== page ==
Career Opportunity
3.8 ★
Avg. Experience2-4 years

Researcher Salaries

Average Base Pay

£30,565 /yr
Same as national average
Not including cash compensation
See More Insights
£19K
Median: £31K
£49K
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Glassdoor Estimated Salary

Researcher Career Path

Learn how to become a Researcher, what skills and education you need to succeed, and what level of pay to expect at each step on your career path.

Average Years of Experience

0 - 1
14%
2 - 4
41%
5 - 7
23%
8+
22%
Not including years spent in education and/or training
See Career Path

Researcher Insights

Read what Researcher professionals have to say about their job experiences and view top companies for this career.
TractableTractable
Researcher
23 Apr 2020

“This is hugely rewarding and not something I have been fortunate enough to experience with any of my former employers.”

University of DelawareUniversity of Delaware
Research Intern
2 Sept 2020

“I got to choose my own schedule and my PI and grad student were really nice”

McGill UniversityMcGill University
Graduate Student Researcher
6 Oct 2020

“I personally had a research supervisor that was supportive of future career plans and was instrumental in my professional development”

Gladstone InstitutesGladstone Institutes
Undergraduate Researcher
6 Jun 2021

“Really warm people who want to get to know you and help you grow in your career”

RIT (Rochester Institute of Technology)RIT (Rochester Institute of Technology)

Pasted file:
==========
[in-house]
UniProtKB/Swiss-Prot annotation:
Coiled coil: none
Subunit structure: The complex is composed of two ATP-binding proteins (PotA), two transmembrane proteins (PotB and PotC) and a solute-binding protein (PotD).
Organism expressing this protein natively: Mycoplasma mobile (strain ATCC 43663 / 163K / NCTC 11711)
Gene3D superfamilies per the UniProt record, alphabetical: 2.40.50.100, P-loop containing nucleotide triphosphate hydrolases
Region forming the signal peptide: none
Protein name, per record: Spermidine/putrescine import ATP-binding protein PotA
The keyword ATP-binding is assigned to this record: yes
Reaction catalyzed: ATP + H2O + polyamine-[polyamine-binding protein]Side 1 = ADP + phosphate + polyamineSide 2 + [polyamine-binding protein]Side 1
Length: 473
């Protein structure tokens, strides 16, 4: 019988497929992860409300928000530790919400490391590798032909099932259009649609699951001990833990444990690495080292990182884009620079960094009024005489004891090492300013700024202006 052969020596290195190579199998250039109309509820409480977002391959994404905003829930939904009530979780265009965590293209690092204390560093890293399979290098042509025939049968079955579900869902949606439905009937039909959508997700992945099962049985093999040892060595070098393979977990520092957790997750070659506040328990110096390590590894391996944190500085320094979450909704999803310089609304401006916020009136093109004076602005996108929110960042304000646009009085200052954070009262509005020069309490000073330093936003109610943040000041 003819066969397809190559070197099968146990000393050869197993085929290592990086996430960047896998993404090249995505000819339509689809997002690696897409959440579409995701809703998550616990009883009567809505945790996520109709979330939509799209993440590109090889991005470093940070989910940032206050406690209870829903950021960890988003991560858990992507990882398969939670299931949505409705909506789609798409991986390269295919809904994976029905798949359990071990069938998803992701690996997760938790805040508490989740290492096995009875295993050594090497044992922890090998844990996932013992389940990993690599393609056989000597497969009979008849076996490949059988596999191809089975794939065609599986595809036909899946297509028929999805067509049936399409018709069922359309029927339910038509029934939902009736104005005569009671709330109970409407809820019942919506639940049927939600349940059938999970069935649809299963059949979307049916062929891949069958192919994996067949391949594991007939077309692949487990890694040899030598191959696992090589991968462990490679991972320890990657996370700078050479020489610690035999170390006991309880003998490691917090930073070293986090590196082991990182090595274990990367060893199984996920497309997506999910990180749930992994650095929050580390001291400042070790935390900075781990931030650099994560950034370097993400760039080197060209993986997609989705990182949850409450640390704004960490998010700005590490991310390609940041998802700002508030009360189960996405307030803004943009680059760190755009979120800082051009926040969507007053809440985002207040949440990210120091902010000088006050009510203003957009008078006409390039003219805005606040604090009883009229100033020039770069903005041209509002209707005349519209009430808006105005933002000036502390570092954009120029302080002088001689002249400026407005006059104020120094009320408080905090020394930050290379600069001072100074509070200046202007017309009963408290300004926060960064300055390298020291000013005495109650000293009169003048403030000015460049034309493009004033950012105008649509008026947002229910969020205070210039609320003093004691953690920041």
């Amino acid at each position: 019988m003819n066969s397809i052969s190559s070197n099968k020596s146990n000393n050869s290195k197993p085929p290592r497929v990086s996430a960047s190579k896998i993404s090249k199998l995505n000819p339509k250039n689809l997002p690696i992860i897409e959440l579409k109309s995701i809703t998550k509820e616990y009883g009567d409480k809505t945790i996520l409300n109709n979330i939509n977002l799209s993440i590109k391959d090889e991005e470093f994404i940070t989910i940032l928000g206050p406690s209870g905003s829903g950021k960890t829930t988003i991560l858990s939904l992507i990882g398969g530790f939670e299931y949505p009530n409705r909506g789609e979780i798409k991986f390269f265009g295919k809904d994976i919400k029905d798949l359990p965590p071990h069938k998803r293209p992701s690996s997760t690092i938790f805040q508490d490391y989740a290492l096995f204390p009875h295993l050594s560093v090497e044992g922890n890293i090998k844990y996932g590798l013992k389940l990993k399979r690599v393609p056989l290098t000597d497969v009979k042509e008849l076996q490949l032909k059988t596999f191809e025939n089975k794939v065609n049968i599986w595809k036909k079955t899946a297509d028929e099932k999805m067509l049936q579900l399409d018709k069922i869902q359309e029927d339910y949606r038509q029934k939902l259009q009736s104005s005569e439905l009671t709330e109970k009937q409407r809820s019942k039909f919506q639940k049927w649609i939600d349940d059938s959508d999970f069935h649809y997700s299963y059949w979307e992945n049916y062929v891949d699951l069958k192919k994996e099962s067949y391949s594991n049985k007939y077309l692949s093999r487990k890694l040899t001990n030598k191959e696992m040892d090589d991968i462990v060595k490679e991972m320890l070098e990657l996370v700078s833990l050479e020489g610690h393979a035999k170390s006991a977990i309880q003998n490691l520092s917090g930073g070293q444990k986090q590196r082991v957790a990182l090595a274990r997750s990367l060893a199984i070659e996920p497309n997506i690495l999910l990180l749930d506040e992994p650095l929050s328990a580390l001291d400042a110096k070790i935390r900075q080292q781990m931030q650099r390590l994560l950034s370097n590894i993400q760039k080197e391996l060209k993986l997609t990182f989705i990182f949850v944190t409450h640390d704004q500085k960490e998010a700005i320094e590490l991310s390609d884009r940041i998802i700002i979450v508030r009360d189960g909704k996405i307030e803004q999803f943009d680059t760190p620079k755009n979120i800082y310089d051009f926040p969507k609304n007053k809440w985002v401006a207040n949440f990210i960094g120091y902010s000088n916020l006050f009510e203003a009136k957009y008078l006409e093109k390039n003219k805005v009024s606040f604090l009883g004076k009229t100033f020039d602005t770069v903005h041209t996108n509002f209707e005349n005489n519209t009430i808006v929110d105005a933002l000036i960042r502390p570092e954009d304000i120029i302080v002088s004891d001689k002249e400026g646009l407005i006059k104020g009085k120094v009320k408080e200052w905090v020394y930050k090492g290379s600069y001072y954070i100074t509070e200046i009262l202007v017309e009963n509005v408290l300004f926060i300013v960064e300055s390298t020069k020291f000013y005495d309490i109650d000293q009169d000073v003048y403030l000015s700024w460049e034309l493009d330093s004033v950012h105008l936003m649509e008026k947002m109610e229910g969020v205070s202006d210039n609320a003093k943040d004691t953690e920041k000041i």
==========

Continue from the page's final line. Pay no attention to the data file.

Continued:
Student Researcher
1 Jan 2022

“I worked here on Coop and everyone I worked with was super helpful and understanding.”

Iowa State UniversityIowa State University
Graduate Student Researcher
10 Dec 2020

“Rotations are a great way to find out what kind of project and professor you want to work with.”

Thammasat UniversityThammasat University
Researcher
11 Apr 2022

“There is no salary jump upon the promotion and the tasks given remain the same.”

Info SapiensInfo Sapiens
Research Expert
25 May 2022

“It was the great experience to work in this company and have such challenging projects.”

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Researcher Interviews

Frequently asked questions about the role and responsibilities of researchers

A researcher spends a typical day delving into the specifics of a subject, learning new ideas, developing theories, and applying these findings to real-world applications. They spend each day collecting, organizing, analyzing, and interpreting the data and opinions to solve problems and predict trends.

Research is a solid career for those with critical thinking and analytical skills as well as for individuals who are passionate about influencing policy and decision making. The job market for researchers is expected to increase over the next decade which may make it easier to find a researcher job.

Researchers can earn a decent salary. The average base salary for researchers in the United States is £30,565 per year, but this amount varies depending upon experience and location. Highly experienced researchers can earn up to £49,335 per year. Their annual salary is usually based on education and additional training.

Working as a researcher has its challenges, especially when deadlines are involved. Although the job tends to follow a traditional 9-to-5 workday, researchers might have to meet tight deadlines and put in extra hours during the weekday or on the weekend.